By Hams Rabah
AMMAN – Across the Middle East, the Taliban’s rapid seizure of power in Afghanistan has been seen by some as a signal that players in the region can no longer depend on diminishing U.S. power.
While the Taliban’s ability to retake ground from foreign forces was welcomed by anti-Western factions, the group’s advance has also triggered concerns that the country could once more become a haven for Arab militants.
Fighting to expel foreign forces since being overthrown in 2001, the Taliban seized Kabul on Sunday after a lightning offensive as U.S.-led Western forces withdrew.
In the Middle East, where the United States has long been the dominant outside power although its involvement has receded since it drew down forces in Iraq, events in Afghanistan could prompt states to forge new or parallel alliances, analysts said.
“What happened in Afghanistan reinforces the conviction of numerous Arab regimes that the U.S. role in the Arab and Islamic world … is regressing,” said Mohammad Abu Rumman, a Jordanian analyst and former minister.
“It is time to reduce dependence on Washington in the strategic realm,” Emirati analyst Abdulkhaleq Abdulla wrote in The National.
Western policy and military interventions have sparked resistance movements for decades in the Middle East, and some welcomed the retreat of foreign forces.
The Houthi movement in Yemen and Lebanon’s Hezbollah, both aligned with Iran, made statements drawing attention to what they called U.S. failure and humiliation.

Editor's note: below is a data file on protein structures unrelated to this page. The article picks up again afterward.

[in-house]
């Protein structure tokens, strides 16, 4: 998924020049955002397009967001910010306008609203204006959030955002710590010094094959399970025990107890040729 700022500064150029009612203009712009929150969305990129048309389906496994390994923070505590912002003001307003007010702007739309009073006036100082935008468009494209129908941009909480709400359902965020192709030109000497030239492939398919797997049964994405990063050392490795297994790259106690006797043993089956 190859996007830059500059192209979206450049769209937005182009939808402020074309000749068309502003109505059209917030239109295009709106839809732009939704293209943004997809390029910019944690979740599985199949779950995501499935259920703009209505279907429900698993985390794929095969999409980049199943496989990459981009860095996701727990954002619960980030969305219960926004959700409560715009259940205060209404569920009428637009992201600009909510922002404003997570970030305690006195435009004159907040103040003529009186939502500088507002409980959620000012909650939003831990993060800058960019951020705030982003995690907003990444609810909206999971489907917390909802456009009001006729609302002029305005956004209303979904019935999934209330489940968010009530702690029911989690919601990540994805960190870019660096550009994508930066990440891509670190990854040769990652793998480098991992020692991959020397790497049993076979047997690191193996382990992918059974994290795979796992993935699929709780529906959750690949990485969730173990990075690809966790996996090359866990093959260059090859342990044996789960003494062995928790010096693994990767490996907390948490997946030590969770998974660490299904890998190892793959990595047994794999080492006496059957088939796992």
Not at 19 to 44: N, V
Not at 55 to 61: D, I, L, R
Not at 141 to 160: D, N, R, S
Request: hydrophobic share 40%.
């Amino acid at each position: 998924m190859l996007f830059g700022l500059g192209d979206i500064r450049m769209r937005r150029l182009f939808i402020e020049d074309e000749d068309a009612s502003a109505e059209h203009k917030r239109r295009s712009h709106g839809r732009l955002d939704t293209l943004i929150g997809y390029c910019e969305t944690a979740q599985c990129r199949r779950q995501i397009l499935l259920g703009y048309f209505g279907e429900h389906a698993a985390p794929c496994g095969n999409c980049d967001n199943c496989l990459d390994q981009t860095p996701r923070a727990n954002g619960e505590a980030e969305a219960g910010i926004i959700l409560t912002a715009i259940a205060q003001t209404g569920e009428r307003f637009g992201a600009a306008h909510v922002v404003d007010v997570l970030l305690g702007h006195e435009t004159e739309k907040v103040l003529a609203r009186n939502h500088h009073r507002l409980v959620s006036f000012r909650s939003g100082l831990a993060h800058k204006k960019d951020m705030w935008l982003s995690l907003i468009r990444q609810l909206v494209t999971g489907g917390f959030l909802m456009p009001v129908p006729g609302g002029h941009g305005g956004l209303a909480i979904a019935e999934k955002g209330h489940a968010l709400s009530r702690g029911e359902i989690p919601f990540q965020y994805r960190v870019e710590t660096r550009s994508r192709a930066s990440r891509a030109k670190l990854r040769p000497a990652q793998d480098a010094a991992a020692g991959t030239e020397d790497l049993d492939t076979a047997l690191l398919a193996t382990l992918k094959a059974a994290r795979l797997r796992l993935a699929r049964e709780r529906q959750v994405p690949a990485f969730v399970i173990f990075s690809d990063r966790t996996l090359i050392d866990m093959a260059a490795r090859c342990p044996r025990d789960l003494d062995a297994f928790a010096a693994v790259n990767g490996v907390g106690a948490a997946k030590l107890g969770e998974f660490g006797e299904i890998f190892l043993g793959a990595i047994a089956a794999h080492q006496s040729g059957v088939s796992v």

Hezbollah said the American withdrawal should serve as a lesson to U.S.-aligned groups in Lebanon not to depend on Washington as an ally.
“In order not to fight on behalf of anyone, he (U.S. President Joe Biden) accepted bearing a historic and humiliating defeat in Afghanistan,” Hezbollah leader Sayyed Hassan Nasrallah said during a Tuesday night sermon.
Hamas, the Palestinian militant group that controls the Gaza Strip, congratulated the Taliban and the Afghan people. Gazans were pleased about the Taliban’s advance, which offered encouragement to Palestinians living under Israeli occupation, said Mohamed Dadar, a 28-year-old in Gaza City.
Sheikh Ahmed Bin Hamad al-Khalili, the Grand Mufti of the Gulf State of Oman, which has a longstanding policy of neutrality, welcomed the victory over “aggressor invaders”.
However, reactions were tempered by concern over resurgent militancy in Afghanistan, where before 2001 many Arab fighters were trained under Taliban rule for insurgencies back home.
“We are scared of their return,” said 23-year-old Jordanian Taqi Abdelsamad, citing past jihadist violence in Syria and Iraq.
Several groups aligned with al-Qaeda have welcomed the Taliban’s success.
The Taliban’s capture of Kabul could accelerate a trend of jihadists heading for Afghanistan, said Jordanian analyst Abu Rumman, who is an expert on Islamist groups.
“This could encourage in my estimation the morale of thousands of jihadists who crumbled after Daesh (Islamic State) disintegrated, so they believe that things are not so bad.”
However, he added that the Taliban would treat newly arriving jihadists with caution because of a peace deal that led the withdrawal of U.S. forces in Afghanistan.
Others expressed dismay at the return to power of a group with a hardline religious agenda.
“We should all unite to prevent this from happening because it is unacceptable for this to happen to the rights of women and anyone in the Arab and Islamic world,” said Sarah Nawas, a student in the Syrian capital, Damascus.
A Taliban spokesman has suggested that the group will impose laws more softly than during their harsh 1996-2001 rule.
In Iraq, the Taliban’s advance brought back painful memories for some of the seizure of swathes of Iraqi territory by Islamic State in 2014.
“I really sympathize with them (the Afghan people) because I have been through this situation before,” said Khalid al-Rawi, a musician from Mosul, Islamic State’s Iraqi stronghold before it was driven out in 2017.